5 Hardwood Floor Repairs You Can Do Alone
Published March 6, 2023
Hardwood might be one of the most durable materials you can use for flooring, but it can still sustain damage, given enough time. Eventually, it’ll come to a point where you must repair your hardwood floor.
If you’re particularly diligent at maintaining your hardwood floor, you may even want to do the repairs regularly.
In that case, the following hardwood floor repairs should go a long way in helping you maintain your flooring.
Leveling is perhaps one of, if not the easiest, and most straightforward hardwood floor repairs on this list.
This repair is applicable if your hardwood floors are making squeaky or creaky sounds. If so, it’s most likely because the floorboards are becoming loose. In that case, you need to level the floorboards properly.
To level a hardwood floor, you need to buy a shim. Then, you must position that shim on top of the squeaky floorboards. And at that point, you need only to hammer down the shim using a hammer or mallet.
In doing so, you can straighten the hardwood floorboard once again. And since you’re not directly hammering the floorboard, there is minimal risk of damaging it in the process. The only downside to this repair is that if the squeaky or creaky noise isn’t due to loose floorboards, the noise may persist even after you perform this repair.
Mending is most applicable if your hardwood floors show signs of wear and tear in the form of scratches, particularly scratches that only affect the protective layer of the wood, also known as the hardwood finish.
To “mend” the minor scratches in a hardwood floorboard, you can either use the organic or chemical methods. The organic method involves combining solutions like vinegar and olive oil, pouring it on a towel, then rubbing it on the surface. The chemical method involves using a finish restorer in a similar manner.
Filling is basically an upgrade of mending in that it’s most applicable for deep scratches. It involves filling in the gap/s made by the deep scratch with filler—a compound with similar properties to wood and hardens when dry.
Filling or fixing a deep scratch on your hardwood floor is more complex than you’d initially think.
First, you need to buy the wood filler. Then, to ensure the filler can remain in the gap for a long time, you need to remove the layer of finish or stain on the wood. That way, the filler can penetrate the cracks properly.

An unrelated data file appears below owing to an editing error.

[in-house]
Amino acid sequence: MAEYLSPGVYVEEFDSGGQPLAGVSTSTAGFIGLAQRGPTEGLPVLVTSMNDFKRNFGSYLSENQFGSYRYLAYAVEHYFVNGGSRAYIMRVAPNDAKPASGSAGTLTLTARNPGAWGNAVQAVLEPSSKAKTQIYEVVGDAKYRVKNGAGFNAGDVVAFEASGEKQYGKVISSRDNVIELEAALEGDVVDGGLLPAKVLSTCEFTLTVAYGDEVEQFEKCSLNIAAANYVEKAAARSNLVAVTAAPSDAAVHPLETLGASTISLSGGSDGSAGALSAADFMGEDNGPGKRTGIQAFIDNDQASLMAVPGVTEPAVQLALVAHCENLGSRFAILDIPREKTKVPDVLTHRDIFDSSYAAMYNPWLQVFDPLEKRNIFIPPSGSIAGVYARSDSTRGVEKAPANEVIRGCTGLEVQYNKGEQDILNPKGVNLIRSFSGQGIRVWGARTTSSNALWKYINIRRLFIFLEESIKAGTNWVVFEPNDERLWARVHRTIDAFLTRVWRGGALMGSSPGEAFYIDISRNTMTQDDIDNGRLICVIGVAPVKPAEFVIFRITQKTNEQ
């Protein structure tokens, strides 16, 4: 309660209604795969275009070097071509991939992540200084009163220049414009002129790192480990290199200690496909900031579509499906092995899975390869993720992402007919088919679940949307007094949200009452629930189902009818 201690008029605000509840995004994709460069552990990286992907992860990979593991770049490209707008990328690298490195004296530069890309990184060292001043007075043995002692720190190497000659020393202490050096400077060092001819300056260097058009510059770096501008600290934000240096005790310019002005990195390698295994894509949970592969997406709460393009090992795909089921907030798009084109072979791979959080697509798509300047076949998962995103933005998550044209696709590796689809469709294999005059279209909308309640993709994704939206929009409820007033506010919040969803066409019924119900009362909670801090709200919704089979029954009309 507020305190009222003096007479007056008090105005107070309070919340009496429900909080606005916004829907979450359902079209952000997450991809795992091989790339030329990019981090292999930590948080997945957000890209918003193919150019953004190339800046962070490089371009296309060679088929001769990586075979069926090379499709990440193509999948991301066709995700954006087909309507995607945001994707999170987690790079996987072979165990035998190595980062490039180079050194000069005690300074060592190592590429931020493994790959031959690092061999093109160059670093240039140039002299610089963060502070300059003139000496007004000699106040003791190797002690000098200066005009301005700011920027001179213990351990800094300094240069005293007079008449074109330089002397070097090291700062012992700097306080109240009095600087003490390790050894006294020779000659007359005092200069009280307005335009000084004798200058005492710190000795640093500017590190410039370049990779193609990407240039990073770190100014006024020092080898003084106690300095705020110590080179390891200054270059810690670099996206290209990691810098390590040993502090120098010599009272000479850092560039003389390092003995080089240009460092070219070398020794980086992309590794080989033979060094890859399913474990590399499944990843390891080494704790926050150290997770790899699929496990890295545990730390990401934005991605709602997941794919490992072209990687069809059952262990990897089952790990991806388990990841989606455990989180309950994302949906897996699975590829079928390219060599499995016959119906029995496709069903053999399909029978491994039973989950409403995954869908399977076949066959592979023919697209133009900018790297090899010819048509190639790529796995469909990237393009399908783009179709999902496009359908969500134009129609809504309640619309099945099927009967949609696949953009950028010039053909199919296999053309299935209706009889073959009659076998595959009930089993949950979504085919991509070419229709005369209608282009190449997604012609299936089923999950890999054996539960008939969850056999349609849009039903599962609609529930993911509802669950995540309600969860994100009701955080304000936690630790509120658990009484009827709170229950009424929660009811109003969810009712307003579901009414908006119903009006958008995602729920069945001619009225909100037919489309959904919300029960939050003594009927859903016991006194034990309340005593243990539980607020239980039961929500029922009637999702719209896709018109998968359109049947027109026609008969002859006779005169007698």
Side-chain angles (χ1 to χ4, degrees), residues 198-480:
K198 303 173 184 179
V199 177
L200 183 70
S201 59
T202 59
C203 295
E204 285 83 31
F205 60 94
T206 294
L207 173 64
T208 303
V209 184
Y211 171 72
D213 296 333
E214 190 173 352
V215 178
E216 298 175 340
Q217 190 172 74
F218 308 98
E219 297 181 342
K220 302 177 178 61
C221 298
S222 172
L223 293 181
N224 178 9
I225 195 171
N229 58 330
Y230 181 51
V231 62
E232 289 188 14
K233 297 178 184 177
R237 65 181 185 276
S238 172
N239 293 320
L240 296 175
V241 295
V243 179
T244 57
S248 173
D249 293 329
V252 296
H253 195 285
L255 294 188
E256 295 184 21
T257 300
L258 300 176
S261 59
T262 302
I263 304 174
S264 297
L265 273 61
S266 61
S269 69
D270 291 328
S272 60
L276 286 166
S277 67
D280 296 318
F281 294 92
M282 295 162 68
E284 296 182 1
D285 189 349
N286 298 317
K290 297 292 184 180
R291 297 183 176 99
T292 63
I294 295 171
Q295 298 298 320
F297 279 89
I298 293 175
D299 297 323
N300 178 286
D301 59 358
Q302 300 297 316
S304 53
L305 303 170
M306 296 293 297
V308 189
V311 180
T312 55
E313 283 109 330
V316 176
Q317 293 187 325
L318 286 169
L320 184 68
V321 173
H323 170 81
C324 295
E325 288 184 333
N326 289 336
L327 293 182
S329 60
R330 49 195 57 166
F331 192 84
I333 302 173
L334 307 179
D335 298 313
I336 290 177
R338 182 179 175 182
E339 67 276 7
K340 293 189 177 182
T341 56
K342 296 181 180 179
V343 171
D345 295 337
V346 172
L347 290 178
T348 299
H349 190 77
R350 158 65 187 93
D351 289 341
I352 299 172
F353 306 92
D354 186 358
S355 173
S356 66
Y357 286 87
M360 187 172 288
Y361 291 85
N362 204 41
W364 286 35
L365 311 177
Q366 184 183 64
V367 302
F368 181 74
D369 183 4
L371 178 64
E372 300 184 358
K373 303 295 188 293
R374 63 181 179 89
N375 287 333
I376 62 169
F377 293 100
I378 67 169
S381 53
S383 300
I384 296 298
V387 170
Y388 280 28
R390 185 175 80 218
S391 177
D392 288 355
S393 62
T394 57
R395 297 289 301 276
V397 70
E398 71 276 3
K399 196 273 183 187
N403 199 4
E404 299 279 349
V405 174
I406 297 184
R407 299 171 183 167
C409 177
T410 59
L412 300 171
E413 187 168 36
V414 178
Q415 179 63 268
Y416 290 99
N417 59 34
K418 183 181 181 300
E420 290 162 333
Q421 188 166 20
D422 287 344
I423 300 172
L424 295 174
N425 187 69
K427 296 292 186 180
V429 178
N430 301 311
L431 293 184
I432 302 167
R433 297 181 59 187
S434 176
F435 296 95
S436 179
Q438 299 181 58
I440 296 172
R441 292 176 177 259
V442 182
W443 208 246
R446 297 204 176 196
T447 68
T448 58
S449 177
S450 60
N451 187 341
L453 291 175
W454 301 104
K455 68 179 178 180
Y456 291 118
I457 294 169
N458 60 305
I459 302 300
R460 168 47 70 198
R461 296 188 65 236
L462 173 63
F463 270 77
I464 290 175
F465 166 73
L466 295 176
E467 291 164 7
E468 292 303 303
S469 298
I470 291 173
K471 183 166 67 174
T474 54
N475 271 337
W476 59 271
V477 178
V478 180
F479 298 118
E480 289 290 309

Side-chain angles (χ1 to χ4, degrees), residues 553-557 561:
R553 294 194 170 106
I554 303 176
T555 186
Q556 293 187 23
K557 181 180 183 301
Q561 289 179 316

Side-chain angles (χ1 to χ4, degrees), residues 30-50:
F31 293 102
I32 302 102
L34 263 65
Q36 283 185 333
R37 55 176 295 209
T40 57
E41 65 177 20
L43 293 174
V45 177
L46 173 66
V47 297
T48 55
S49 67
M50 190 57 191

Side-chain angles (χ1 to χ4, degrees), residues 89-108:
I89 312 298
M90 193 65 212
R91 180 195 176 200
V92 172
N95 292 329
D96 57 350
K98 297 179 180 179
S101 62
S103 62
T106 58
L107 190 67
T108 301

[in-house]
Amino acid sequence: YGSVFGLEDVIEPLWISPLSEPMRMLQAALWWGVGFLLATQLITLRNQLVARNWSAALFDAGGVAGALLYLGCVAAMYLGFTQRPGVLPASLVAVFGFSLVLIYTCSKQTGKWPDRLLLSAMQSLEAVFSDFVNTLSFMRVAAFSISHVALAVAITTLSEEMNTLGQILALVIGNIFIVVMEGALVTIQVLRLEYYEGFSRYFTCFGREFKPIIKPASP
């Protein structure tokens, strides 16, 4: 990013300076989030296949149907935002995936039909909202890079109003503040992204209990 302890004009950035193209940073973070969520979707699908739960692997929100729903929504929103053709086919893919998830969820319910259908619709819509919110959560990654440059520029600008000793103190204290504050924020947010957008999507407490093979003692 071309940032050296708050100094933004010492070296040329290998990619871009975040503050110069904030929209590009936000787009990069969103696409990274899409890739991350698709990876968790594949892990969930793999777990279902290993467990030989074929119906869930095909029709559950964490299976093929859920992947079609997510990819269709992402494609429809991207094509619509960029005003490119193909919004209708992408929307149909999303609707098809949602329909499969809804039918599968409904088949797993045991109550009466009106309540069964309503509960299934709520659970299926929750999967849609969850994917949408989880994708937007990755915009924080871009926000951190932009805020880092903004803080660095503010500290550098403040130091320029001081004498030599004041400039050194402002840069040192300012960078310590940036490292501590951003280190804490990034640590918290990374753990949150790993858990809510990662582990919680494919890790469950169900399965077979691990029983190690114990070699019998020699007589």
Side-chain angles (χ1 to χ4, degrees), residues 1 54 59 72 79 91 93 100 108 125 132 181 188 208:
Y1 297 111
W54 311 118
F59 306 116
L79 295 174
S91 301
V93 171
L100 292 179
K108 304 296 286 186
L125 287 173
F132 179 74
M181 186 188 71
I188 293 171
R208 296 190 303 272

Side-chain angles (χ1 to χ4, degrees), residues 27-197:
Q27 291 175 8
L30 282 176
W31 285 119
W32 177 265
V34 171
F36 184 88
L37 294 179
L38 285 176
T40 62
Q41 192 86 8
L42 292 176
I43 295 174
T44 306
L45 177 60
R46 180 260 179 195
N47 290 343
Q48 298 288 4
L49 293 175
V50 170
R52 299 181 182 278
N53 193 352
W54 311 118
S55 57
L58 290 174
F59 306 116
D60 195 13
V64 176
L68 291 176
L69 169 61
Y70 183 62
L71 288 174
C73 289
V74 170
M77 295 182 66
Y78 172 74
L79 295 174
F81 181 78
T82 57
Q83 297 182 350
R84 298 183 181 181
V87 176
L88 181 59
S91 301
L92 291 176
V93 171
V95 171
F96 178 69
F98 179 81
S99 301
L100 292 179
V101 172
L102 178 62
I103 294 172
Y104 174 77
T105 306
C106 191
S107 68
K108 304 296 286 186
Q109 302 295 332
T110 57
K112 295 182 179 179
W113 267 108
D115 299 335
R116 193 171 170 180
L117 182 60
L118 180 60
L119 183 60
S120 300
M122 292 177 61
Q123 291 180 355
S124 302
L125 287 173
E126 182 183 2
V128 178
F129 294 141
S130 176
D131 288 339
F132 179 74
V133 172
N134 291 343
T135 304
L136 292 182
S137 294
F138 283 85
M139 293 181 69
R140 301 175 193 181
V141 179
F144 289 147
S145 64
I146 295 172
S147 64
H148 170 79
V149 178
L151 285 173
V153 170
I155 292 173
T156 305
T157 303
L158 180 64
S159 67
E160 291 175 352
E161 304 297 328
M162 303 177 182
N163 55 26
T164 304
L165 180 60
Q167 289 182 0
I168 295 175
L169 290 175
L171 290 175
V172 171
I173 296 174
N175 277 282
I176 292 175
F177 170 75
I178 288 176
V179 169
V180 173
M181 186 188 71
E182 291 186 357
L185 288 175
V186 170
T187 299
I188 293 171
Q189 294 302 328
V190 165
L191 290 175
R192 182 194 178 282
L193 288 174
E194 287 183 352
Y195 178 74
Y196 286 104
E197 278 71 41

To do so, dip a cloth on mineral spirits, then rub that cloth onto the scratched area. That’ll get rid of the finish, and at that point, you can fill the gap with the wood filler. Next, you must sand the surface so it’s entirely level with the unscratched surface. Finally, reapply a layer of stain or finish on the filled area.
Refinishing is, as the name suggests, the process of removing the layer of finish on your hardwood floor and reapplying it immediately after. It’s most applicable if your entire hardwood floor is worn out.
It doesn’t really “repair” any floor issues, as much as it improves its appearance.
To refinish an entire hardwood floor, you need to set aside anything that may get in the way, like shoe moldings, furniture, and doors. Next, you need to clean the floor with a vacuum so dust and dirt also don’t get in the way.
Then, you must sand the hardwood floor, preferably with a walk-behind sander, for convenience sake.
Finally, you can reapply the finish and add a topcoat or stain if you want.
Of course, these are not the exact steps, but that’s roughly how every refinishing project goes. This is perhaps the most time-consuming and difficult hardwood floor repair you can do, but you can still do it alone.
Patching is applicable if a specific area in your hardwood floor is severely damaged, like a deep hole, for instance, or a couple of cracked floorboards. The idea behind a hardwood floor patch is to remove a couple of hardwood floorboards from your flooring and replace them with new ones, preferably ones that look similar to the original floorboards.
To patch hardwood flooring, you need to buy wood flooring or floorboards. Next, mark the floorboards you need to remove and cut the floor with an oscillating saw while following the outline you made in the previous step.
Once that’s done, pry the cut floorboards out using a pry bar. Then, prepare your new floorboards.
Spread construction adhesive onto the gap you just made, then place the newly cut floorboards. Make sure you apply a stain similar to the flooring, so the new boards look like the original floorboards.
As you can see, you have several options if you want to do some hardwood floor repairs. There are repair methods for everyone, whether you want to do repairs frequently or once every couple of months. But you must also remember that there’s a limit to how much you can repair your hardwood floor. At some point, you will have to call it a day and replace the flooring altogether, but until then, you can use these repair methods.
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About The Author
Lenard Arceo is an experienced writer who enjoys writing about home design and real estate topics. In his free time he enjoys learning to code. He has spent most of his life writing for reputable website blogs and has helped reach millions of people on the internet.